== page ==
CELLAXYS does not offer Stem Cell Therapy as a cure for any medical condition. No statements or treatments presented by Cellaxys have been evaluated or approved by the Food and Drug Administration (FDA). This site contains no medical advice. All statements and opinions are provided for educational and informational purposes only.


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Dr. Pejman Bady began his career over 20 years ago in Family/Emergency Medicine, working in fast-paced emergency departments in Nevada and Kansas. He has served the people of Las Vegas as a physician for over two decades. Throughout this time, he has been met with much acclaim and is now the head of Emergency Medical Services in Nye County, Nevada. More about the doctor on this page.

what if cortisone shot doesn't work

Dr Pouya Mohajer


Pouya Mohajer, M.D. is the Director of Spine and Interventional Medicine for CELLAXYS: Age, Regenerative, and Interventional Medicine Centers. He has over 20 years of experience in pain management, perioperative medicine, and anesthesiology. Dr. Mohajer founded and is the Medical Director of Southern Nevada Pain Specialists and PRIMMED Clinics. He has dedicated his career to surgical innovation and scientific advancement. More about the doctor on this page.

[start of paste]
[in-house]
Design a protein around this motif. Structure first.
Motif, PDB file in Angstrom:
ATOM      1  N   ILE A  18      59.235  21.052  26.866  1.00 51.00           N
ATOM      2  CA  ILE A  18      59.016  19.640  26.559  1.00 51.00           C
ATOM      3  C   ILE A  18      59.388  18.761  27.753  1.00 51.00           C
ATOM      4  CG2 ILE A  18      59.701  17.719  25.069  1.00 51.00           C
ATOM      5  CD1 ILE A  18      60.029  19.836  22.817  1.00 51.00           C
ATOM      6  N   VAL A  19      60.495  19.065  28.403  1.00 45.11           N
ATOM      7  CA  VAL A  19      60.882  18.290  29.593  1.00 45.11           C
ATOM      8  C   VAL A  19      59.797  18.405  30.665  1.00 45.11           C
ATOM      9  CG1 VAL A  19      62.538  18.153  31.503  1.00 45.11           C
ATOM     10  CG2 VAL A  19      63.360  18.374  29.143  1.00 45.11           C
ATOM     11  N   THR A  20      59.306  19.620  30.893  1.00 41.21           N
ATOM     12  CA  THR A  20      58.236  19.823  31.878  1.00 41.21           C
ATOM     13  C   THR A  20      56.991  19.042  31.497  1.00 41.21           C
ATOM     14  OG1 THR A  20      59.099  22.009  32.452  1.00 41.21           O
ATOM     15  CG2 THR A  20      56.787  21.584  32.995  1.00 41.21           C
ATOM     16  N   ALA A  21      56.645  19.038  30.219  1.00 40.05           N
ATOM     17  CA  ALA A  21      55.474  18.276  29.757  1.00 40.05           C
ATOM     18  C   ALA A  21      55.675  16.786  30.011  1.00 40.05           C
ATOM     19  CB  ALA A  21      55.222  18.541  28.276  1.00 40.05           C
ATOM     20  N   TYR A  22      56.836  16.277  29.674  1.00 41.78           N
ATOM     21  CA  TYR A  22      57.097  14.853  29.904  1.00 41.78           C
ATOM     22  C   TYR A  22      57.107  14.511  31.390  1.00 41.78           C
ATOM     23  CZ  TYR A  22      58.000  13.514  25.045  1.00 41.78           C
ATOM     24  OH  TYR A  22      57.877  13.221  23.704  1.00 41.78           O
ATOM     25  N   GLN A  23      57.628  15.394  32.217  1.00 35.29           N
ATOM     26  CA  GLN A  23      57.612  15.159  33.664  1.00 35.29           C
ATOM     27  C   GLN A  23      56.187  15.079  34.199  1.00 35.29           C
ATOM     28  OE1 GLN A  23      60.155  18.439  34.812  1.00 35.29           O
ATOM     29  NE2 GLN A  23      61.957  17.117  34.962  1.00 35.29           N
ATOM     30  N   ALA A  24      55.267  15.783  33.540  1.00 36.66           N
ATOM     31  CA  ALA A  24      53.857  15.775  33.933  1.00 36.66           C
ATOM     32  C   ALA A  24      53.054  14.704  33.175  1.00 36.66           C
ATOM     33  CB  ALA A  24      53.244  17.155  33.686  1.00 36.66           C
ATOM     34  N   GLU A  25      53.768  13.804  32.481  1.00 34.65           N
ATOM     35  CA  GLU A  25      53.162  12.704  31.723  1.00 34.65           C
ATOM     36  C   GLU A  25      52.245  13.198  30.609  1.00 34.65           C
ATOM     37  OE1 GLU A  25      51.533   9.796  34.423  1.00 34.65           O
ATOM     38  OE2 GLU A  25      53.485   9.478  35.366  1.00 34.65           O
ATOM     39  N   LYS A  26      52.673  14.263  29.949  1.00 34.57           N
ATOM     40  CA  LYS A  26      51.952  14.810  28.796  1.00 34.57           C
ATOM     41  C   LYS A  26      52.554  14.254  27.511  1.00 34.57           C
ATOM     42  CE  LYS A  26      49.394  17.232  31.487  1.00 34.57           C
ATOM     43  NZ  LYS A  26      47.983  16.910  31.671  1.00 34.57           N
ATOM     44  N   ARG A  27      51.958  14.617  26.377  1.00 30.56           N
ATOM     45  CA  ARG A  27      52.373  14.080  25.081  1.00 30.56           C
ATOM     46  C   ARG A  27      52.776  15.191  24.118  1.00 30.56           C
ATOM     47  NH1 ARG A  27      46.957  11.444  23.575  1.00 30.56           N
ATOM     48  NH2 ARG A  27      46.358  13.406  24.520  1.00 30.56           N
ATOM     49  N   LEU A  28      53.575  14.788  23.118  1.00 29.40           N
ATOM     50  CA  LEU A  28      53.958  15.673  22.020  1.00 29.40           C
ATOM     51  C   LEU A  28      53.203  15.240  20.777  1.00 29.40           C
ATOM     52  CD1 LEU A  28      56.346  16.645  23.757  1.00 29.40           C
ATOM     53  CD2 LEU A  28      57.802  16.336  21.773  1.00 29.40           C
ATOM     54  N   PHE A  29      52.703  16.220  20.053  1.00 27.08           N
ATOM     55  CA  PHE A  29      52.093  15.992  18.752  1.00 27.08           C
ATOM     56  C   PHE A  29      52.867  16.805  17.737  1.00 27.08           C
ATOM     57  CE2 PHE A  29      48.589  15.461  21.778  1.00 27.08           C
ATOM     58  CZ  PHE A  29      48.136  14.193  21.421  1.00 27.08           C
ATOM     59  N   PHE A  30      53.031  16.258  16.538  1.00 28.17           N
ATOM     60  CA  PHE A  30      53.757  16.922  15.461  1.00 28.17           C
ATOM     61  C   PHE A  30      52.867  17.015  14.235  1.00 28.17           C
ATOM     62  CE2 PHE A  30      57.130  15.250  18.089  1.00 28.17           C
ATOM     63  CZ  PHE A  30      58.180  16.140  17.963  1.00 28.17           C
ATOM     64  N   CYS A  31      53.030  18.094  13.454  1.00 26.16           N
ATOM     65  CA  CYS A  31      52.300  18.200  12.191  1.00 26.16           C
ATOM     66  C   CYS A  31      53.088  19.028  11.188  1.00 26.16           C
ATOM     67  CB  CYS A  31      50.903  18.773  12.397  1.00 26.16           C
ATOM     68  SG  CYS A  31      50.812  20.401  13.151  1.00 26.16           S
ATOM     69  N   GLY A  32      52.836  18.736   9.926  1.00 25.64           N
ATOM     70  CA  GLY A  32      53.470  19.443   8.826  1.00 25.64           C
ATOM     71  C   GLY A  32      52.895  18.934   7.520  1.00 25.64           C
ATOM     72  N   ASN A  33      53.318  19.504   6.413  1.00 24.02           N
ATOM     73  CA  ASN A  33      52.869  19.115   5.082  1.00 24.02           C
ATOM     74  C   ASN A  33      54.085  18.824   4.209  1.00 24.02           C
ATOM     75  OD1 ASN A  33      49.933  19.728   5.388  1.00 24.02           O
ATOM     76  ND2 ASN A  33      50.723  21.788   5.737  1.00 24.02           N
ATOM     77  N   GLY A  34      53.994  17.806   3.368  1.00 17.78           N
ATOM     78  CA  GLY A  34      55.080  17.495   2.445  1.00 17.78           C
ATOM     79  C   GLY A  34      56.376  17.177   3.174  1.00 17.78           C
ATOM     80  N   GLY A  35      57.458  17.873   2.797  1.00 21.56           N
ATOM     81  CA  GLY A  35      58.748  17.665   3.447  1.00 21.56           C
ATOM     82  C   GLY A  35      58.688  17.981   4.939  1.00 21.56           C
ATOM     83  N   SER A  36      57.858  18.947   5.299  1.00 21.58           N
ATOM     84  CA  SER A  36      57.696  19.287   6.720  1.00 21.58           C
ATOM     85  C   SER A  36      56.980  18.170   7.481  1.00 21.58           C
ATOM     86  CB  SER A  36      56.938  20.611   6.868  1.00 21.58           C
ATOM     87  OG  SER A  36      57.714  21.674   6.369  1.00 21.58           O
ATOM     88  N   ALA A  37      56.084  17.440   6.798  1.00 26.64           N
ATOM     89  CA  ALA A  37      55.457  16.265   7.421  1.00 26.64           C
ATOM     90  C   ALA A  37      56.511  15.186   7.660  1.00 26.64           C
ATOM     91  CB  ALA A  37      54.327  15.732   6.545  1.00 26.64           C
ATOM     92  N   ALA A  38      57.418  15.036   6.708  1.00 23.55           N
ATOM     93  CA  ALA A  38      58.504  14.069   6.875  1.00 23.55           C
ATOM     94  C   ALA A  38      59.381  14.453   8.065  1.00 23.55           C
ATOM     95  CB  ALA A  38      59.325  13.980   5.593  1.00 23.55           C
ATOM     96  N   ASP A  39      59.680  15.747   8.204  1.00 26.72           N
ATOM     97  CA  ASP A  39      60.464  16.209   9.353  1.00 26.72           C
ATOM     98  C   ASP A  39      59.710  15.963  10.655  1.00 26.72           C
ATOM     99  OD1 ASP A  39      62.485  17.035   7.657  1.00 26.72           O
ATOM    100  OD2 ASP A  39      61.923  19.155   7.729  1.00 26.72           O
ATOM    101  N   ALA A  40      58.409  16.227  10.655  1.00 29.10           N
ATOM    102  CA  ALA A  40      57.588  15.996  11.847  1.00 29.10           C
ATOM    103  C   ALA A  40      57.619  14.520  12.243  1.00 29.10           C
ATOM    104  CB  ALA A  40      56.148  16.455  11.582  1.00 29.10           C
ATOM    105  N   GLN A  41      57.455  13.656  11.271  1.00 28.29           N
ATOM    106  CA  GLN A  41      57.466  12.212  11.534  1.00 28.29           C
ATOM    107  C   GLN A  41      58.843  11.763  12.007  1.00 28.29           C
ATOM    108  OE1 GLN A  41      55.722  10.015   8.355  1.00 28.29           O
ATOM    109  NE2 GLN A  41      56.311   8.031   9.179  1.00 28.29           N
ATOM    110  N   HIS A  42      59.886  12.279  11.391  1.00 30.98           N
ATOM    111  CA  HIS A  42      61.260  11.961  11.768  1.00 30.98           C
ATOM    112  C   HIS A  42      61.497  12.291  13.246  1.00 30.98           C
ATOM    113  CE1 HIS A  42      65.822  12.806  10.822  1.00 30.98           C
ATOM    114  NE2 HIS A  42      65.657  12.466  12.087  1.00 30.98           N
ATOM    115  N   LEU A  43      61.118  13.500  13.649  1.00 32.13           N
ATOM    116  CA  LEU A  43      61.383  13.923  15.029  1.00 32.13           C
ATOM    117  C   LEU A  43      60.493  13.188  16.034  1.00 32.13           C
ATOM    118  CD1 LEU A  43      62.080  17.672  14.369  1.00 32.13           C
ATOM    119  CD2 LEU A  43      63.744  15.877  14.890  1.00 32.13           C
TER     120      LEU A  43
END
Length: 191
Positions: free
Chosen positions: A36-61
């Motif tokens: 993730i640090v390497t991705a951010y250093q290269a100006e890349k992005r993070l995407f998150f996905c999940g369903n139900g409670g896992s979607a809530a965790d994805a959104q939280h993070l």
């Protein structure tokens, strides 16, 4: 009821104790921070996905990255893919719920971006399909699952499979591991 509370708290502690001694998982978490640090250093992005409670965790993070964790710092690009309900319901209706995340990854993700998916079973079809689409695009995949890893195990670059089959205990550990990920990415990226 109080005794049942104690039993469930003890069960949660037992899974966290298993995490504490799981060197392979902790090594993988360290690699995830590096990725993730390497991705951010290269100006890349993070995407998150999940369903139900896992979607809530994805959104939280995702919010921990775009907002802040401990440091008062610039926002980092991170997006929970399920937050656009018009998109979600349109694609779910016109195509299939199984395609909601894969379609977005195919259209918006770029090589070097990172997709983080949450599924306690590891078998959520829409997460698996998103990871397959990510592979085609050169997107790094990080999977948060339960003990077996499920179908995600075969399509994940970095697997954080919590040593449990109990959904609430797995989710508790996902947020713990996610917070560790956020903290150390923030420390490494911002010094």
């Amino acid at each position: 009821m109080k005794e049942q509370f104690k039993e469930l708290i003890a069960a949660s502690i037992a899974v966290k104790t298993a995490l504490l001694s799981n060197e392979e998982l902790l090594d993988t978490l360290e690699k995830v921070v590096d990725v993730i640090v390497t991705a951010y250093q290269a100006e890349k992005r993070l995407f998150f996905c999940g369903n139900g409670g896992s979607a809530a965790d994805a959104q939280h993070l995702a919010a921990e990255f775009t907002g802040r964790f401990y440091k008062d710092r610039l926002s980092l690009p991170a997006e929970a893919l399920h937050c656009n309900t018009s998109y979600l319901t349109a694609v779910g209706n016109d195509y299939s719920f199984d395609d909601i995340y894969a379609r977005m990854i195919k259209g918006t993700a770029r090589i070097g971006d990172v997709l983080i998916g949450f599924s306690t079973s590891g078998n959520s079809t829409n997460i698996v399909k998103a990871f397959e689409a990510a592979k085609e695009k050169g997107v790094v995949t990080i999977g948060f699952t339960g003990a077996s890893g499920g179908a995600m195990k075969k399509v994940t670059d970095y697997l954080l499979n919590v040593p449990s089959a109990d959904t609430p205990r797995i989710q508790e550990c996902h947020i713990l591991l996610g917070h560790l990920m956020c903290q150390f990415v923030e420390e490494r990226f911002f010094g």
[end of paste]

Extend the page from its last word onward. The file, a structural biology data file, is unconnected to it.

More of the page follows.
Dr. Pejman Bady

Dr. Pejman Bady began his career over 20 years ago in Family/Emergency Medicine, working in fast-paced emergency departments in Nevada and Kansas. He has served the people of Las Vegas as a physician for over two decades. Throughout this time, he has been met with much acclaim and is now the head of Emergency Medical Services in Nye County, Nevada. More details about the doctor on this page.